Israeli Festival Shines Spotlight On Technological Innovation (with VIDEO)
Thousands of international guests take part in DLD Tel Aviv, which highlights latest hi-tech trends
Israel has the highest number of start-ups per capita in the world, which translates into roughly 6,000 in a country of 8.5 million people.
Elements of this technological ecosystem were on full display at the DLD Innovation Festival in Tel Aviv, where investors, entrepreneurs and tech enthusiasts caught a glimpse of the latest hi-tech trends. Israel’s largest annual hi-tech event, DLD features conferences, parties and other happenings that together highlight cutting-edge products and ideas.
“DLD Tel Aviv is a platform which enables multi-national companies to create their own events in order to promote meetings and interactions between start-ups and corporations,” Ruth Koren, one of the co-founders of the festival, explained to The Media Line.
Koren noted that the festival is attracted a growing number of participants each year, not only to the headlining digital conference—during which key industry players give lectures in topics ranging from robotics to blockchain to artificial intelligence—but also to the associated social gatherings.
“Some of the events take place on the beach and there was a party last night until four in the morning, which was hosted by one of the sponsoring companies,” she said. “We try to create something [so] they will remember the experience of being in Tel Aviv, and I think that’s what people take home with them.”
One of the most popular occasions is Urban Happening, which takes place along historic Rothschild Boulevard. There, dozens of interactive art exhibits are set up, people give presentations and meetings take place between representatives of companies.
One start-up that set up shop at Urban Happening has developed a platform that enables individuals to connect with artists who transform dreams into illustrations. “In the 21st century, many of us are very much connected to technology and less to our imaginations. Dreame is a reminder to connect to who you are and your imagination,” Sharonna Karni Cohen, founder and CEO of Dreame, explained to The Media Line.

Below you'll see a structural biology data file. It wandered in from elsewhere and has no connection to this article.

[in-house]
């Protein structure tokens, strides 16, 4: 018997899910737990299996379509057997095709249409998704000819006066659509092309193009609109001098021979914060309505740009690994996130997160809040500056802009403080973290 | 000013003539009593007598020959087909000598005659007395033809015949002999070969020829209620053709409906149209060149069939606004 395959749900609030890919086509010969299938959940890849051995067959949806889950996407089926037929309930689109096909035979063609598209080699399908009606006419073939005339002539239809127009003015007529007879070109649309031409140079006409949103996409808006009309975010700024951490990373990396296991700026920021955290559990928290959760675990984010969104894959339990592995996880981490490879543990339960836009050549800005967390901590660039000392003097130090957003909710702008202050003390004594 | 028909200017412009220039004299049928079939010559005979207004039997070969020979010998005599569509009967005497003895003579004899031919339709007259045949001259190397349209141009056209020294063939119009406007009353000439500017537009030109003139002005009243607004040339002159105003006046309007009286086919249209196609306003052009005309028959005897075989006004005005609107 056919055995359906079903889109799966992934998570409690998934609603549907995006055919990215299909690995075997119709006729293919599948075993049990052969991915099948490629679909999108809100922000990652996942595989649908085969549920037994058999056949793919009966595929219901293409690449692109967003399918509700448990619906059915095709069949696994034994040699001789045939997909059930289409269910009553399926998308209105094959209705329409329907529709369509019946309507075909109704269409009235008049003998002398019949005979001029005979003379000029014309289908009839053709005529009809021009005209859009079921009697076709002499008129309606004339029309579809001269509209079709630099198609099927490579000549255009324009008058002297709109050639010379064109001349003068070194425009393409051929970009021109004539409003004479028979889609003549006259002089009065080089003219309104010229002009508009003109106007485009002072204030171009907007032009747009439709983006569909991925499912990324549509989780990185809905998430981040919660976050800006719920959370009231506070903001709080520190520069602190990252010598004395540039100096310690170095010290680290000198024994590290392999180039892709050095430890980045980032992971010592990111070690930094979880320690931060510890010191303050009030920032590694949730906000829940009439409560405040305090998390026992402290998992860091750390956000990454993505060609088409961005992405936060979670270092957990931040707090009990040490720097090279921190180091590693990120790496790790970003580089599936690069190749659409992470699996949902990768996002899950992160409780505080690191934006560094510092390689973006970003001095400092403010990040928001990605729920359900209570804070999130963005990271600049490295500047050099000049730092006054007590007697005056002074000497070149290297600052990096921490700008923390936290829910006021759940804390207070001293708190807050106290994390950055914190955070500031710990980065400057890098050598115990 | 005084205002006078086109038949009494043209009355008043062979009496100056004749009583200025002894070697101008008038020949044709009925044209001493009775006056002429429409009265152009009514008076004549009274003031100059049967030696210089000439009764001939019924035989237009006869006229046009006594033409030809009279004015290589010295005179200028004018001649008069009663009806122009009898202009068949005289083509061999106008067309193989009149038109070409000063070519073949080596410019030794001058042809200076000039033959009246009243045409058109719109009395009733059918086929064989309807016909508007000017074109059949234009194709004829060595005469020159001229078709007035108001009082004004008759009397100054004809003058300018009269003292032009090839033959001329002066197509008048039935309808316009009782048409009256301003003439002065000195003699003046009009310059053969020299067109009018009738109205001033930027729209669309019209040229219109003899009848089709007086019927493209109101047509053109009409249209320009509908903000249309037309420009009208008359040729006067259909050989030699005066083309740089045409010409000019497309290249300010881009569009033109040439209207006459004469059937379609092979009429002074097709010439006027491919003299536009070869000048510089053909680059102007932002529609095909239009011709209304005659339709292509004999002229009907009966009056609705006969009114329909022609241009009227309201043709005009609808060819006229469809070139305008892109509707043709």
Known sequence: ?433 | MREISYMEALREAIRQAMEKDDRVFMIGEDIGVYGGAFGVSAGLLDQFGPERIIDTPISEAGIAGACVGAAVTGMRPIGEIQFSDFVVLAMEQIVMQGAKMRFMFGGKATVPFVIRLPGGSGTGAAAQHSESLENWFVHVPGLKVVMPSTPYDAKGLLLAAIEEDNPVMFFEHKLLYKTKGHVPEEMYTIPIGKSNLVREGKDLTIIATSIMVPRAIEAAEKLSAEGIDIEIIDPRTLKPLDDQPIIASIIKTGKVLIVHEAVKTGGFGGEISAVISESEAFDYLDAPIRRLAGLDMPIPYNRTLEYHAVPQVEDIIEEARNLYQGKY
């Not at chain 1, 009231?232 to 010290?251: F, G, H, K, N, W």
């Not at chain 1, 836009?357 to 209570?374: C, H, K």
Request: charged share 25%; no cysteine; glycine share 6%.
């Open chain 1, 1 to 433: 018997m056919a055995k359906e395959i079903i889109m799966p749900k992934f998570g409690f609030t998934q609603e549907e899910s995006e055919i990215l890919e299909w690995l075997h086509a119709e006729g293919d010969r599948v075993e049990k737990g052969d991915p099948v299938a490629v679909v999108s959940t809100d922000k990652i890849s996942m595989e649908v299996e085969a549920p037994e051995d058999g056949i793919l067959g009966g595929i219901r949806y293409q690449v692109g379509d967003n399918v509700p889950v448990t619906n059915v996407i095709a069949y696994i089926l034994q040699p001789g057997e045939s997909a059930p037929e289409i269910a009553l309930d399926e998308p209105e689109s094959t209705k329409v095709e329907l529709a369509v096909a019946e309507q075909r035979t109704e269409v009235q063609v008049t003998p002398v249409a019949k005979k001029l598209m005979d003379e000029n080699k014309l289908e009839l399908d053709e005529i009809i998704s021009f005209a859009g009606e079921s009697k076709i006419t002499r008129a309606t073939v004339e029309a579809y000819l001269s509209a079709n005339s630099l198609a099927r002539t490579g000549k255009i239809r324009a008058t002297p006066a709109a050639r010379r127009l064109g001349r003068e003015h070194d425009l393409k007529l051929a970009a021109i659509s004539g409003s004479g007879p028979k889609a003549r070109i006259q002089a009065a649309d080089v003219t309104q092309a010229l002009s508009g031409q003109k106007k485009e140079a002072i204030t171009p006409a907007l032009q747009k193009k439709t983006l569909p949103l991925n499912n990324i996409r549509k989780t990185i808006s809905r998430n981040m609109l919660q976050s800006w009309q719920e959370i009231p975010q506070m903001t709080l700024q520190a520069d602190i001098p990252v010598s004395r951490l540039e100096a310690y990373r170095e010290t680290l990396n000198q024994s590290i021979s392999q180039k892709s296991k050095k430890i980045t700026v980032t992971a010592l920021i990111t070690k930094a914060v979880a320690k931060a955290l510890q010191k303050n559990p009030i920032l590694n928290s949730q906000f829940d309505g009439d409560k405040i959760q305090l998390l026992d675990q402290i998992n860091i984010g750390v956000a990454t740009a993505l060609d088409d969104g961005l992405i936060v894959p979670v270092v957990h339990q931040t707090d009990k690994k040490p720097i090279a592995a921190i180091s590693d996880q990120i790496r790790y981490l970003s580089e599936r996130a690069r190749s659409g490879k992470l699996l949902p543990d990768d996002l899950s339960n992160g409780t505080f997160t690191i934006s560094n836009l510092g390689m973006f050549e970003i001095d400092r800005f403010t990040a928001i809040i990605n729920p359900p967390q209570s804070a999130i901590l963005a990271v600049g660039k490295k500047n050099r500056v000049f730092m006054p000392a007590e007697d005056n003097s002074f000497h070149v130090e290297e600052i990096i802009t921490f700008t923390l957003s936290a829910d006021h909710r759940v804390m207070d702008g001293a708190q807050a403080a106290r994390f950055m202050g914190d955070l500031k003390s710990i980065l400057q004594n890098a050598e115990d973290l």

Sports was another area of focus, in particular the many applications of virtual reality in this domain. Texel’s software, for example, will soon enable fans to experience what it is like to have front-row seats at games of their choosing. The start-up is set to partner with broadcasters in the near future to offer the service on a pay-per-use basis.
“We are using virtual reality technology to basically teleport [people] into the best position at a venue—first row, VIP—you name it,” Amir Segev, co-founder and CEO of Texel Virtual Reality, affirmed to The Media Line. “This means that for the first time, content owners can sell the best seat in the house over and over again.”
Crowds also lined up to inspect Wave-ability, a specialized surfboard designed for people with disabilities. The idea first came to Inbal Reichler 16 years ago after she suffered an injury during her service in the Israeli army that left her paralyzed from the chest down. Before the incident, Reichler had been an avid surfer.
“We had to design a surfboard that I can lie down on and maneuver in the water,” Reichler, who is the CEO of Wave-ability, conveyed to The Media Line. “You can’t do too much with a wheelchair and you need help all the time. But when you’re inside the water you’re free again; you can move wherever you want and I think that kind of freedom of movement is something that everybody needs to [experience], especially people with disabilities.”
Overall, about 110 international delegations and 4,000 guests from around the world took part in the DLD festival in Tel Aviv, a veritable hi-tech playground for all.